In Melville's defence

Wednesday 27 March 2002

Andy Melville is determined to prove a point to his Fulham manager Jean Tigana when he leads out Wales for the first time tonight.

In the absence of the injured Gary Speed, Melville is certain to be handed the captain's armband on the occasion of his 50th cap, moving the defender into Wales' all-time top 20 international appearance holders. For Melville, such an honour will represent the high point of his career, days after the low of being on the bench at Craven Cottage for the match with Tottenham on Sunday.

Melville feels he was made a scapegoat for a run of five Premiership defeats, which stretched to six with the 2-0 loss to Glenn Hoddle's side, leaving Fulham three points off the relegation zone.

"Sitting on the bench is not something I am used to, but I am hoping playing will persuade Jean I should be back in the team," the centre-back said. "He knows what I can do, but it will be nice to go out there and prove a point to him as well.

"Maybe he thinks I am to blame because defensively we have not been too clever of late. We were the best in the Premier League a few games ago, but now we are down to ninth or 10th best. We are obviously doing something wrong, and I am bearing the brunt of it, but I have just got to take it on the chin and hopefully I will come out better for it."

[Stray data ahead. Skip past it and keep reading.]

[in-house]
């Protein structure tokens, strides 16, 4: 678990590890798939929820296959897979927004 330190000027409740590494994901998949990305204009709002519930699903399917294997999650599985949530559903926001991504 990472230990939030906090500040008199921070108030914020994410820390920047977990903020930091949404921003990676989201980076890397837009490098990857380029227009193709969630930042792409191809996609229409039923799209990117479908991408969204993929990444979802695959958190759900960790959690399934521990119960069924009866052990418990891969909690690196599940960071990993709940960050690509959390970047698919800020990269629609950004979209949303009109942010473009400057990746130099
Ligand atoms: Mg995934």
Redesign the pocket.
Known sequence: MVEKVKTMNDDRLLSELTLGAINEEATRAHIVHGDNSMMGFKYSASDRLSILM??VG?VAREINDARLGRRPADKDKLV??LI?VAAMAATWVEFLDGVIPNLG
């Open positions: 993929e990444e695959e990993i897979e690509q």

Melville believes he should not be the only player to carry the can for Fulham's current demise and urged the team to "get back to basics" if they are to avoid the drop. "We now need some of the senior lads to stand up and be counted and get a few results," he said.

"We are in a relegation battle now - definitely. The gap is only three points to the bottom three so if results go against us and we lose our next two games then we will find ourselves in there.

"The lads do realise we are getting dragged into it and we have got to do something about it. I think we have to get back to basics. We maybe need to grind out a 1-0 win, and that might help us turn the corner, even though we are perhaps not looked upon as the kind of team which grinds out results.

"I don't know if he is coming to the game or whether he will have somebody watching me, but I can use it in my favour and go out and give a positive performance."